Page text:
Minnesota Vikings: Tony Romo

MINNEAPOLIS -- The Minnesota Vikings have seen for far too long, and know far too well, what it's like not to have a franchise quarterback. They've had a quarterback start all 16 games just three times in the past 10 seasons -- or as many times as they've used three starting quarterbacks in a season -- and they're looking at starting over once again after shuttling through two first-round picks (Daunte Culpepper and Christian Ponder), a second-round pick (Tarvaris Jackson) and an expensive free-agent acquisition (Brett Favre), among others, during that time.

But as the Vikings prepare for the possibility of looking for another franchise quarterback in the 2014 draft, they're undoubtedly aware of how expensive it can be to get caught in the middle with one who only looks the part some of the time.
The Chicago Bears proved that again on Thursday when they announced a seven-year, $126 million extension for Jay Cutler. According to ESPN NFL insider Adam Schefter, the deal has more than $50 million in guaranteed money. The total amount of the deal is interesting, though, because while the salary structure is obviously different, it's known as the Contract of Death in baseball.

Why? That deal has typically gone to players (Vernon Wells, Barry Zito, Jayson Werth) who are good, but not good enough to get the megadeals averaging more than $20 million a year. Those players have tended to fall short of expectations on their contracts, either through injuries or ineffectiveness, and though they're not getting absolutely top-shelf money, they're getting enough that they're expected to perform like franchise players, rather than just very good ones.

Baseball, of course, guarantees every dollar, but as the average annual value of NFL contracts continues to climb, the deals are starting to look more like baseball contracts, and Cutler's AAV of $18 million matches what the Dallas Cowboys gave Tony Romo. His guaranteed money puts him in an elite group, as well -- only seven quarterbacks are currently playing on deals that include at least $50 million in guarantees. Four of those (Aaron Rodgers, Tom Brady, Drew Brees and Joe Flacco) have Super Bowl rings, while two of the other three (Matt Ryan and Sam Bradford) were top draft picks before the NFL curtailed rookie spending.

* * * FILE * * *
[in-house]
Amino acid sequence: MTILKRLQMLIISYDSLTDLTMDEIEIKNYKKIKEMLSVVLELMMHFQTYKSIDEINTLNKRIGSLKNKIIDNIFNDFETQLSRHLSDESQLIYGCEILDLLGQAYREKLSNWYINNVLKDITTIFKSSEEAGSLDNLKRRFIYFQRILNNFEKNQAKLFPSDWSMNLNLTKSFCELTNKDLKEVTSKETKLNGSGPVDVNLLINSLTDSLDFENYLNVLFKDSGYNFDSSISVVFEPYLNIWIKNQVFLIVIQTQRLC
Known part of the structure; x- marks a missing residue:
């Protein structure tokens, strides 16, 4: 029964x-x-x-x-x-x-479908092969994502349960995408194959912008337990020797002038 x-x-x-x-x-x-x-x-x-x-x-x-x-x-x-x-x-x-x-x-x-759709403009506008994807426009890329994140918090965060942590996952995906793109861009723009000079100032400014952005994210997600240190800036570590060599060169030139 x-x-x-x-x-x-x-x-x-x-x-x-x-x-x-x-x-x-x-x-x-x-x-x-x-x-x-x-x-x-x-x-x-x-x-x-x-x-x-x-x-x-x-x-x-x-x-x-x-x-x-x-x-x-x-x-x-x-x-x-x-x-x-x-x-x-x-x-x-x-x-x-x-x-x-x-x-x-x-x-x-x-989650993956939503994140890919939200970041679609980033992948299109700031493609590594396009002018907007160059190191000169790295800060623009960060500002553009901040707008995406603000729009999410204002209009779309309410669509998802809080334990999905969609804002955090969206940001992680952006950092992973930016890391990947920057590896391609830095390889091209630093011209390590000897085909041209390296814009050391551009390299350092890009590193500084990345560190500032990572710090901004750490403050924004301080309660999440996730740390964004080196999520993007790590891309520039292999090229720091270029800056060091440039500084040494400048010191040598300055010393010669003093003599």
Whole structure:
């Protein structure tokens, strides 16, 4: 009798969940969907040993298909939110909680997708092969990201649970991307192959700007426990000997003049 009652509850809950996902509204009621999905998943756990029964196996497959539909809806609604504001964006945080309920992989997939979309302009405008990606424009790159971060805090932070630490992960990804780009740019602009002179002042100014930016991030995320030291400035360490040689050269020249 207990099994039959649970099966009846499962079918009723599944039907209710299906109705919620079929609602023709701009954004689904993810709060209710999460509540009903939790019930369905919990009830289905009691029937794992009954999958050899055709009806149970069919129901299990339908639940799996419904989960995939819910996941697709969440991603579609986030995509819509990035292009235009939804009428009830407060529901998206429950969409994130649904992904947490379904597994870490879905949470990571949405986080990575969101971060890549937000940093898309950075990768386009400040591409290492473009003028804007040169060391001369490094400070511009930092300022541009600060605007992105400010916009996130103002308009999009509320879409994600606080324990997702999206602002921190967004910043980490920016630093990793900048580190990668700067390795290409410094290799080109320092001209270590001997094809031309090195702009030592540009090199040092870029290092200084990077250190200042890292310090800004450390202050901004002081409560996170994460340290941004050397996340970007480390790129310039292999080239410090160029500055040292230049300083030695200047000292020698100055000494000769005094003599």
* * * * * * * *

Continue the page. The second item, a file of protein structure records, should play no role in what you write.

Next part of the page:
Cutler, like Romo, has a history of wilting in big games, but his regular-season numbers have been even less impressive. He's only thrown for 4,000 yards once, has thrown at least 14 interceptions in a season five times and has never thrown more than 27 touchdown passes in a season. Flacco's put up plenty of pedestrian numbers, too, but he earned his deal after leading the Ravens to a championship last year. Cutler has only quarterbacked two postseason games, and before he got hurt in the 2011 NFC Championship Game at home against Green Bay, he had hit just 6 of 14 passes for 80 yards and an interception.

The deal the Bears gave him is an awful lot of money for a quarterback who remains an enigma at age 30, but after all the Bears gave up to get him, and all the time they'd invested in developing him, they might not have been able to risk starting over at the position. They're now essentially committed to Cutler for the rest of his prime, even if he has yet to reach an elite level, and he'll eat up a large chunk of their cap space during the deal. He'll have plenty of work to do to prove he's worth it.

On some level, the Vikings saw with Ponder what it's like to commit to a quarterback that's not providing commensurate returns, but their commitment to Ponder was a pittance compared to what the Bears have invested, and will continue to invest, in Cutler. They're spending premium dollars for a player who's yet to provide premium production, and they'll have spent a dozen years with Cutler by the time the deal runs out. If he only remains a quarterback who's just above average, the Bears will have wasted plenty of time.

The Cutler deal is an example of how high the stakes are at the quarterback position. The Vikings might not find a great QB in their next attempt, but if they make a Ponder-like mistake, their commitment is at least relatively short. It would be far worse for them to be where the Bears could find themselves at the end of Cutler's deal: having spent an astronomical amount of time and resources on a quarterback who never got past pretty good.
EDEN PRAIRIE, Minn. -- Based on whatever abilities I have to gauge the mood of a team by its atmosphere in a postgame locker room, the loss that jarred the Vikings the most this season was their 31-30 defeat in Week 2 against the Chicago Bears.